One interesting feature about 7 Wonders is how players can pay to utilise their neighbours resources and goods and of course, players will want to keep and eye on their neighbours' military forces. It's a nice little spin that adds to the game.
Since there are 7 ways to score points, players will have a lot of options on which strategy to pursue.
For example, civic buildings give a lot of victory points, but nothing else.
Military strength can score a lot of points (and cost your neighbours a few), but only if you dominate, getting caught in a war of escalation can be distracting and costly.
Quibbles aside, 7 Wonders is a straightforward game to learn that has a quick turnaround and is a fun game to play, players will want to strategize, but the luck of the draw means they will need to adapt to circumstances.
The game always provides players with meaningful choices, which is what you want.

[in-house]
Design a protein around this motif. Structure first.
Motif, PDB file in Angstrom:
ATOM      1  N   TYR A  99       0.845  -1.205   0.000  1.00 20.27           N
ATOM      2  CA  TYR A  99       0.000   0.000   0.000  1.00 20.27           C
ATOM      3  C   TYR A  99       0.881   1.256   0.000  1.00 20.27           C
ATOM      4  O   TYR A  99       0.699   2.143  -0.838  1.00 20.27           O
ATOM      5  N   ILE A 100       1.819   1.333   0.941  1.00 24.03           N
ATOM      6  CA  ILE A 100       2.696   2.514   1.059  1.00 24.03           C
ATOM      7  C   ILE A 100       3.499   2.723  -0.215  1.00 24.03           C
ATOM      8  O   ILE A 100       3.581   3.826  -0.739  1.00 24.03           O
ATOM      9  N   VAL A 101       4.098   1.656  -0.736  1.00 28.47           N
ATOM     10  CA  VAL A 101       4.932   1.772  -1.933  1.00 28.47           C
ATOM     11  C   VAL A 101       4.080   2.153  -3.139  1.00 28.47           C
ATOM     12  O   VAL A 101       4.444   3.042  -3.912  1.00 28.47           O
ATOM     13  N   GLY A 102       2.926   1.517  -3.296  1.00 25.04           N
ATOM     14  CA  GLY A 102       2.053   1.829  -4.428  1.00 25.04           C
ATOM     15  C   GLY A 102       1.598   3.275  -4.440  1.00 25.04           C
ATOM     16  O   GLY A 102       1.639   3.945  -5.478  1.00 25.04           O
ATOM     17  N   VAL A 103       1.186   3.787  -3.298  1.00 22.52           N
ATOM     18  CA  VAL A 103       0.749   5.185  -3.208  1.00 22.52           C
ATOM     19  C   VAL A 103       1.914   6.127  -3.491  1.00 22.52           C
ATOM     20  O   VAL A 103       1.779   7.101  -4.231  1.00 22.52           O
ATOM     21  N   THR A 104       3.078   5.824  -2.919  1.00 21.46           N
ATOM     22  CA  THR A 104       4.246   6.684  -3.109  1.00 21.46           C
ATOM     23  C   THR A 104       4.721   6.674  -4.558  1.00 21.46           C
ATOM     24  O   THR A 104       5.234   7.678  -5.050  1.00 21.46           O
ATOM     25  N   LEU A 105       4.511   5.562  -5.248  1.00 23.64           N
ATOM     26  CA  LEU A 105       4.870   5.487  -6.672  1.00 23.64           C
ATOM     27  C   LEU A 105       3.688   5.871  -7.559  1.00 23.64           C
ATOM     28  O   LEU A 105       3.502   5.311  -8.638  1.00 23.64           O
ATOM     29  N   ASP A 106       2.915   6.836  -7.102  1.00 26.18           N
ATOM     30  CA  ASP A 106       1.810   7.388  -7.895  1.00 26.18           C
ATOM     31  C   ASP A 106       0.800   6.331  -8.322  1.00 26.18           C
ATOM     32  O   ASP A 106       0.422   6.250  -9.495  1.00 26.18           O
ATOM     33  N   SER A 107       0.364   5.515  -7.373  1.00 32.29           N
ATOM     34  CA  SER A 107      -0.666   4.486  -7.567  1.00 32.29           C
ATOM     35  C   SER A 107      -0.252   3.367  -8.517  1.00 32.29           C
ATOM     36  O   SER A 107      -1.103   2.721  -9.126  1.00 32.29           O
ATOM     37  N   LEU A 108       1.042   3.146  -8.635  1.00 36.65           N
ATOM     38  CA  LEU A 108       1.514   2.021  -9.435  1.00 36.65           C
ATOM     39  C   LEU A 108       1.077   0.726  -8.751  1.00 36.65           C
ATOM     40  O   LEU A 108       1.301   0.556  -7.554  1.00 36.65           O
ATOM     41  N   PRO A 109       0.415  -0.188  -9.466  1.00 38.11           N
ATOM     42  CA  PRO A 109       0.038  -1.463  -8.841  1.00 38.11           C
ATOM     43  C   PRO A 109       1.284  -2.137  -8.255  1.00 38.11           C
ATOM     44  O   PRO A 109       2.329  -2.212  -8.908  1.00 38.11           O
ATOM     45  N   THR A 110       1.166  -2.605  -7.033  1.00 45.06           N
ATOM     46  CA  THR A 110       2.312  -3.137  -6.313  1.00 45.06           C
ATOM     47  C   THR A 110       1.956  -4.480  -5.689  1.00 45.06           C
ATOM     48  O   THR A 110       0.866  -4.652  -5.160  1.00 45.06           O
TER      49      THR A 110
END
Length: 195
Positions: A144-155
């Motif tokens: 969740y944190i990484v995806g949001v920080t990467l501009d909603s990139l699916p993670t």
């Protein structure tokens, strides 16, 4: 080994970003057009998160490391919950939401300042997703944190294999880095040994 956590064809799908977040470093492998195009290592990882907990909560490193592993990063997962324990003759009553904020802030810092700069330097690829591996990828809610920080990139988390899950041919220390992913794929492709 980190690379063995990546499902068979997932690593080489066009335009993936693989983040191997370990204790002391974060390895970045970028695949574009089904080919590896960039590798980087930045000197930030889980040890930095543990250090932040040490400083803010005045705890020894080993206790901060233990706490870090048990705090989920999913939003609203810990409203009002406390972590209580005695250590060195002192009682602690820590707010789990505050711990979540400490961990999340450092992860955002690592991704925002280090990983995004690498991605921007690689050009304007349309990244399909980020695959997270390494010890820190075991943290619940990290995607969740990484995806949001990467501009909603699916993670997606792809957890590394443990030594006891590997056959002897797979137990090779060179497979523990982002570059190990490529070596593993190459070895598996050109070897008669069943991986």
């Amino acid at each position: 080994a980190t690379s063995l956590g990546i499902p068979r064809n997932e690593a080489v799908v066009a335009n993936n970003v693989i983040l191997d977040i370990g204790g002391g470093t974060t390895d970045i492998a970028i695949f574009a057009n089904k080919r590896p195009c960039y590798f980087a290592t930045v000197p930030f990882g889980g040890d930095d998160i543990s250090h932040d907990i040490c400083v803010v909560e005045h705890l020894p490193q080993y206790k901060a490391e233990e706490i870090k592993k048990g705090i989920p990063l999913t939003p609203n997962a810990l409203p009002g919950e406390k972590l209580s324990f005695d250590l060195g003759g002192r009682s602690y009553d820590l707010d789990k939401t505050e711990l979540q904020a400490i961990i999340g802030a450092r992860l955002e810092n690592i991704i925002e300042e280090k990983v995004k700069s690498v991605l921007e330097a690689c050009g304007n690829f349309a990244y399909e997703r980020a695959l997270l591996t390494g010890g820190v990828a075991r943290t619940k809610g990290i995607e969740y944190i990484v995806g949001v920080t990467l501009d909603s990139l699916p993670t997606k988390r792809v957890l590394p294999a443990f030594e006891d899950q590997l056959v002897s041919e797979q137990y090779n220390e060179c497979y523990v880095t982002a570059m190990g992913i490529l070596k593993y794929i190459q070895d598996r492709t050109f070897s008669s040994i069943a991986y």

22nd March 2021
Monday night gaming on Board Game Arena continues with the final game of the evening; Sushi Go!
Like sushi? Like conveyor belts? Then you'll like this.... probably!
Caveat: This was played online, but has also been played with the physical game, photos are from my copy.
What's in a game?
Sushi Go! comprises of a single deck of 108 cards with 8 different types of cards.
The art is clear, distinct and colourful with appropriately themed cheerful faces on all the foods.
My copy came in a little steel tin.
The only component that the game is lacking are scoring counters, as it stands, scores at the end of each round need to be recorded somehow on scrap paper or a phone or something. On the other hand, adding scoring tokens would increase the game's size, making it less of a neat compact little package, so your mileage may vary.
How's it play?
Shuffle and deal a hand of cards face-down to each player, the hand size depends on the number of players, the remaining cards form a draw deck for later rounds, then the game is ready to begin.
On to play
Once the 3rd round is over and scored, the puddings are scored.
Scores are tallied, highest score wins.
As you can see from the short length of this blog post, Sushi Go!'s rules are simple, accessible and easy to learn. The game's depth comes not from rules complexity but from decisions available to each player, which is great game design in my opinion.
The game also fits the theme of having food going round on a conveyor belt remarkably well.